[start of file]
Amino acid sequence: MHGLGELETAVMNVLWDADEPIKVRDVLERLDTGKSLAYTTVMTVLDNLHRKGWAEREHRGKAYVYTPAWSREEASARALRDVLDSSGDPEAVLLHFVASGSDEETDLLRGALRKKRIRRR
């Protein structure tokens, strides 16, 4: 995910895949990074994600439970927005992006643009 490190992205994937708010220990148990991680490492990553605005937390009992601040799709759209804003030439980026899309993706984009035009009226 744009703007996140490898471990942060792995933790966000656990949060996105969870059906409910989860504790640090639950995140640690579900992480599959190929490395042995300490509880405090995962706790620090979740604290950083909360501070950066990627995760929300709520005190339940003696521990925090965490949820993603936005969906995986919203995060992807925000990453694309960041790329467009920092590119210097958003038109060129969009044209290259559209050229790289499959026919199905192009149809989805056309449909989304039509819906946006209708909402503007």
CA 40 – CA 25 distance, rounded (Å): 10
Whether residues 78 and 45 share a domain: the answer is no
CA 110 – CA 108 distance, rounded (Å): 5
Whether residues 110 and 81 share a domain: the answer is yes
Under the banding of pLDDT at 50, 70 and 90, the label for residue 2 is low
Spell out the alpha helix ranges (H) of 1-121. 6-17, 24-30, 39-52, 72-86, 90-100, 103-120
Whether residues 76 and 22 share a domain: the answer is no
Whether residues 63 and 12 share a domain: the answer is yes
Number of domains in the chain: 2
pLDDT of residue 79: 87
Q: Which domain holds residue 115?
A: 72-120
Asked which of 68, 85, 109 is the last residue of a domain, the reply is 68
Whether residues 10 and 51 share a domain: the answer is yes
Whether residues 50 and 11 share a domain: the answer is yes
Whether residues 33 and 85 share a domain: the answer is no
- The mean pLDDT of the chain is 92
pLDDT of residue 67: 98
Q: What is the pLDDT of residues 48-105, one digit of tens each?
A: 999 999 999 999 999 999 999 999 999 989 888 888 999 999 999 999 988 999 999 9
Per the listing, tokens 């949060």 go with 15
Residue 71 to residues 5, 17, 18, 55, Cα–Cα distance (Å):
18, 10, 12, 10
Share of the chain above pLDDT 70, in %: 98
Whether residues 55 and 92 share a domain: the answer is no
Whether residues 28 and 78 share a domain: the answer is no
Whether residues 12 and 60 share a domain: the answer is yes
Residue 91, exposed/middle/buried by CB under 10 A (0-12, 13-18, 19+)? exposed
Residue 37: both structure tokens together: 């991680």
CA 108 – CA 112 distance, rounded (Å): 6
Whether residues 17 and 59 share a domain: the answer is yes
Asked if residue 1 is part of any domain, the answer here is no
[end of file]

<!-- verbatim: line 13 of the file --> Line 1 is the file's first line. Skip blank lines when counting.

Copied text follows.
Q: Which domain holds residue 115?